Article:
President Obama used a religious event to make a political statement -- one that was simultaneously an insult to the entire Muslim- and Arab-American community.
Let's address the elephant in the newsroom: a Muslim woman with a headscarf. Yes, I am a news reporter. And yes, I keep this scarf on my head while reporting (though not always this particular scarf). There has yet to be a Muslim woman who wears the hijab anchoring American news in any commercial market. Needless to say I wanted (and still want) to fill the gap.
One hundred days ago, Boko Haram, a diffuse Islamic sect, abducted 243 girls from a school in Chibok, Borno State, in northeast Nigeria They carted them off to unknown forest locations where they are still being held. Some who escaped told of gang rapes. So much for religion.
We've also seen heroes that our world is need of. Doctors and medics from around the world, relief agencies and their workers, and many others who know their life is at risk being on the ground in Gaza but they still do what they can to help.
When Ramadan first started, I was excited to do it on my own: now my siblings wouldn't hog the leftover lentil soup that I so coveted during suhoor, nor would they jabber so much during suhoor that my dad would shush us all.
Even in secular contexts, people of faith can work together to encourage or discourage warfare. As violence has escalated in Israel and Gaza, an international campaign for peace has been launched, involving Jews, Muslims, and Christians.
Ramadan is the month of fasting and a time for spiritual growth among Muslims. The traditionalist approach to "spiritual growth" is for Muslims to complement their fasting with performing additional prayers at night and regular reading of the Quran throughout the month.
ISIS must be brought to justice for their crimes against Christians and all humanity. Whatever religion they claim -- it is not Islam.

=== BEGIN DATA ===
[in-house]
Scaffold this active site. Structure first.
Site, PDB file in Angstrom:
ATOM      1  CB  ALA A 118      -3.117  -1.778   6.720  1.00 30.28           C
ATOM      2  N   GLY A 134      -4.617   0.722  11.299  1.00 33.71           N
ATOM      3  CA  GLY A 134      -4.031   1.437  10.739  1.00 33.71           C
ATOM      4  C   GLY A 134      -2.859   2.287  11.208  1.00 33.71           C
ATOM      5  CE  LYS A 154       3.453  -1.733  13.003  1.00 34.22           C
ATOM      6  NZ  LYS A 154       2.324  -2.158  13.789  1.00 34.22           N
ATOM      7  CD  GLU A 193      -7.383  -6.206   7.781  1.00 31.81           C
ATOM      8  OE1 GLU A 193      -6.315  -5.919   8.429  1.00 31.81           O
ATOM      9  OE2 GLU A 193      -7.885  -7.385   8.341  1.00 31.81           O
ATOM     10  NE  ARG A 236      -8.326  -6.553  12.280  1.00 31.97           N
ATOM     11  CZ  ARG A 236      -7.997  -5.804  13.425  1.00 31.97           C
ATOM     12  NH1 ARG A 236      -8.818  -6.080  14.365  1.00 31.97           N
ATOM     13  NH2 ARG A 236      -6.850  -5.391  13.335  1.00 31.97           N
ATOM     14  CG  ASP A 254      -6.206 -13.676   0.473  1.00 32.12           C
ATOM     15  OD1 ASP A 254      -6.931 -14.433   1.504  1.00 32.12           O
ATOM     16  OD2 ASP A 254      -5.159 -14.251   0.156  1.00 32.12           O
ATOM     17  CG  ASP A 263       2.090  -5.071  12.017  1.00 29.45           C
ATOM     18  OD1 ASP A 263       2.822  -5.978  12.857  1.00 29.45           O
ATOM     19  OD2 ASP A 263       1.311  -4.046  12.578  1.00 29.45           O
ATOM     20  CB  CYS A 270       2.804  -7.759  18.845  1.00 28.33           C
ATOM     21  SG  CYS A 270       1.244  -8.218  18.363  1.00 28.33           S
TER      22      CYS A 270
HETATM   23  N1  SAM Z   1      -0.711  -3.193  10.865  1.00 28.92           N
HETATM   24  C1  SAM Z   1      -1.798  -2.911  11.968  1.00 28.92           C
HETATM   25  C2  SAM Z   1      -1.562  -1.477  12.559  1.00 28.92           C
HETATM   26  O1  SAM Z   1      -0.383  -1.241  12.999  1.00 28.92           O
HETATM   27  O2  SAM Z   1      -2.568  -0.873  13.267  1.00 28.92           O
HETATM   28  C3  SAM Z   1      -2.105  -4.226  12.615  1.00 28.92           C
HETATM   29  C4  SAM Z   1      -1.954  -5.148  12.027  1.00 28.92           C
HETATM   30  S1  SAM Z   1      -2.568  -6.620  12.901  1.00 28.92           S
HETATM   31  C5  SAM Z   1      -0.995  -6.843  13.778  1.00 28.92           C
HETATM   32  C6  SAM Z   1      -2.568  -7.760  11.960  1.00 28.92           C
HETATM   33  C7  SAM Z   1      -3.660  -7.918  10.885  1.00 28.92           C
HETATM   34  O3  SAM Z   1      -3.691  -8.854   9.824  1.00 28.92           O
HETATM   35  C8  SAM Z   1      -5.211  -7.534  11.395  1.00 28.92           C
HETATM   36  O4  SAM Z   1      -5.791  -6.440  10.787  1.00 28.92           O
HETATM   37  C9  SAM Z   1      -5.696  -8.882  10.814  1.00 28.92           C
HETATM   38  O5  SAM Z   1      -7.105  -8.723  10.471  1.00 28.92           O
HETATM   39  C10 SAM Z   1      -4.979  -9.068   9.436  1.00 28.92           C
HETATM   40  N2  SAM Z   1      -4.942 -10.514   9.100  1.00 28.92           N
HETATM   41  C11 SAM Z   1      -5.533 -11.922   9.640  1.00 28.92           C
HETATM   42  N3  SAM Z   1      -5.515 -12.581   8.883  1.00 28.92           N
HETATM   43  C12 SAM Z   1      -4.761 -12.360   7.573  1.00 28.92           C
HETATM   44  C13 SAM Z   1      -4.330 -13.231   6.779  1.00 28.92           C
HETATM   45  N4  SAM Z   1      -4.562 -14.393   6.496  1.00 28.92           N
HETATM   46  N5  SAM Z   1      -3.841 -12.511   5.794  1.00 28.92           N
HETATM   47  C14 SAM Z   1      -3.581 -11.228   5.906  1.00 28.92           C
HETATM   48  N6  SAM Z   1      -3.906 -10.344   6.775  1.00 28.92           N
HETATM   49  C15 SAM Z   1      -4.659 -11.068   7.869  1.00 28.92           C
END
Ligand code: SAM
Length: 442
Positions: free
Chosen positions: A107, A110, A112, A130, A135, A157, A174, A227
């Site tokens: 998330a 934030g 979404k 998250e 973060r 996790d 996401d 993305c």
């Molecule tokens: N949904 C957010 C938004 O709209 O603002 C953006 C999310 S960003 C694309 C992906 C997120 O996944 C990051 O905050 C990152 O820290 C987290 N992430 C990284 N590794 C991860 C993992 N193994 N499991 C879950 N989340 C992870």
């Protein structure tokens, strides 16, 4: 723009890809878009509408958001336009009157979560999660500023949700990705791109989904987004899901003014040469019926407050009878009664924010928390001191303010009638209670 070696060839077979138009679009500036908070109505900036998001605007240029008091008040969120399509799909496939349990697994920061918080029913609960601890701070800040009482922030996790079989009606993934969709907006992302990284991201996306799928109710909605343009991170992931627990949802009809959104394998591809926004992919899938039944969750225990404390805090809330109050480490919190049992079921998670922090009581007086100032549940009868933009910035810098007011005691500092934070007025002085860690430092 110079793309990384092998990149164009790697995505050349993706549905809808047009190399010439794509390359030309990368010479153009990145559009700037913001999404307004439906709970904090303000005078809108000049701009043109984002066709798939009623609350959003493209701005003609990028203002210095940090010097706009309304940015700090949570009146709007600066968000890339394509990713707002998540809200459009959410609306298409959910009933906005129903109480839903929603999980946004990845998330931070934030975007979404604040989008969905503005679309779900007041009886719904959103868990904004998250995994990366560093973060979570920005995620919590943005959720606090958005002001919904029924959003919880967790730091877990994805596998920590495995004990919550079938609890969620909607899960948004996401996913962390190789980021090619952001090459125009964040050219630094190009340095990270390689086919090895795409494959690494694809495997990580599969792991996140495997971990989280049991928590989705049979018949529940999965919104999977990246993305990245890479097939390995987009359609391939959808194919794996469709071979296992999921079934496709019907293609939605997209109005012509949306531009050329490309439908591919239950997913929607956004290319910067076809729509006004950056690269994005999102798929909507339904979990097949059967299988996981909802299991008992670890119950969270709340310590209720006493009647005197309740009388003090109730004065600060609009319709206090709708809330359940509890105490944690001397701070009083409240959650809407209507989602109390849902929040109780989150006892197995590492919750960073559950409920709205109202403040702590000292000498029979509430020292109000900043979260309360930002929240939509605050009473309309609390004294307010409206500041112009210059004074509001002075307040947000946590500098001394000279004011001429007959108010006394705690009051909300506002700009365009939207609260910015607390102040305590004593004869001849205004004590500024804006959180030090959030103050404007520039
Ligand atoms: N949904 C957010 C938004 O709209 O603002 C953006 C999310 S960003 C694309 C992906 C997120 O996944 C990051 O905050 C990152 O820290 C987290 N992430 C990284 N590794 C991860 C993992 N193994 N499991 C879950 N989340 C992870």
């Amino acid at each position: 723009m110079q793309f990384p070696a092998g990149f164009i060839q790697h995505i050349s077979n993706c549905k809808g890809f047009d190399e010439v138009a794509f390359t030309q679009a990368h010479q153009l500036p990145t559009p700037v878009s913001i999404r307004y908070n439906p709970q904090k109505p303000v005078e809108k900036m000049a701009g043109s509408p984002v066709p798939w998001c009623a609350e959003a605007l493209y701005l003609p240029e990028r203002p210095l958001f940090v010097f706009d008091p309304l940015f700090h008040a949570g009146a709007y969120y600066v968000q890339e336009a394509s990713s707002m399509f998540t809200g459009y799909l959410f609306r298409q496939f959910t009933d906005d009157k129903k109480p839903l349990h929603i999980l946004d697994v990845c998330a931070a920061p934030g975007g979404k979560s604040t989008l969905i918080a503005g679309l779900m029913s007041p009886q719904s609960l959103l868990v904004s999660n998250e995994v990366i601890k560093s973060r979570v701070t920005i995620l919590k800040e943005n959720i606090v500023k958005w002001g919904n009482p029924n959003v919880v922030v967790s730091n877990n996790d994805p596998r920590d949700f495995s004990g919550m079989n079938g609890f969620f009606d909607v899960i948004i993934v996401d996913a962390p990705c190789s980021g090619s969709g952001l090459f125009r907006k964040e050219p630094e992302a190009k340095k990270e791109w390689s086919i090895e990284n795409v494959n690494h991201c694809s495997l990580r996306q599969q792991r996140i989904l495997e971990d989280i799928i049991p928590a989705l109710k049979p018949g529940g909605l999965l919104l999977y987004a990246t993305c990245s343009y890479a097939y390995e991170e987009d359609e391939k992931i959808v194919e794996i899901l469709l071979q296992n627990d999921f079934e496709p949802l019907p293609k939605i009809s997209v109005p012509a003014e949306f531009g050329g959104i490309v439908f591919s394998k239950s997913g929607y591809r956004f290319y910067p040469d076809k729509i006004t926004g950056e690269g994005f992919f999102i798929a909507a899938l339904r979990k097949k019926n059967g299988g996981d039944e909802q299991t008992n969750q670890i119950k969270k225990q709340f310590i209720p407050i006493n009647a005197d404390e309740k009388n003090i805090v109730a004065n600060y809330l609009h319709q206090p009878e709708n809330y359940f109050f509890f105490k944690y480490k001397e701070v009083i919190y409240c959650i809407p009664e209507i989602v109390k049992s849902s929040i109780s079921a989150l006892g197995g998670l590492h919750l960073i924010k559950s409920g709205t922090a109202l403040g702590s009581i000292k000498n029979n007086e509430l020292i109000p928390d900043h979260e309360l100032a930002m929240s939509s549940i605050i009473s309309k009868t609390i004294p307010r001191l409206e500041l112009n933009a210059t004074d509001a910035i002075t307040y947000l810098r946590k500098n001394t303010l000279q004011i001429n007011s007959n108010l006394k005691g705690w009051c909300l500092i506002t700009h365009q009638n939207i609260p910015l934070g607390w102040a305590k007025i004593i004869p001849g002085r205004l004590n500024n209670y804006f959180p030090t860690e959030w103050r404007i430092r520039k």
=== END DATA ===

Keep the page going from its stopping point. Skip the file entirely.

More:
We should have 100 Ayman Mohyedin's out there -- people of any background who are willing to tell the stories that are not being told simply because it's the right thing to do. What better aspiration could we guide our young people towards than that?
Life is about searching for truth; to make sense of this strange and confusing planet we live on, to know why everything is the way it is, to uncover the labyrinth behind the saying, "Everything happens for a reason."
Make no mistake about it: the dehumanization of Muslims didn't just happen overnight. On the contrary, it's part of a long process of failed imaging, stereotyping, misrepresentation and flat out bias in the press, entertainment industry and society in general.
None of this is to say that open defecation is either a good idea in this day and age, or even defensible. But making sweeping claims, using them to justify near-bigotry, and papering over obvious challenges hardly advances the conversation.
A common misconception about the Quran is that it promotes hatred of Jews and Christians, and asks Muslims to not be friends with them.
The Prophet Muhammad, peace and blessings be upon him, was constantly doing good for people, whether they were his supporters or not. It's one thing to be good to people who are treating you well. It's another to be good to someone who isn't.
I serve as a University Chaplain for New York University and Executive Director of the Islamic Center at NYU. Earlier today, I delivered a short sermon that I was recommended to share with you by some of my community members as today's reflection.
We need civically engaged Muslims to tackle these issues from all fronts. We need organizers and activists, daring demonstrations and diplomatic dinners. We need Malcolm Xs and Martin Luther Kings, Pauli Murrays and Ella Bakers.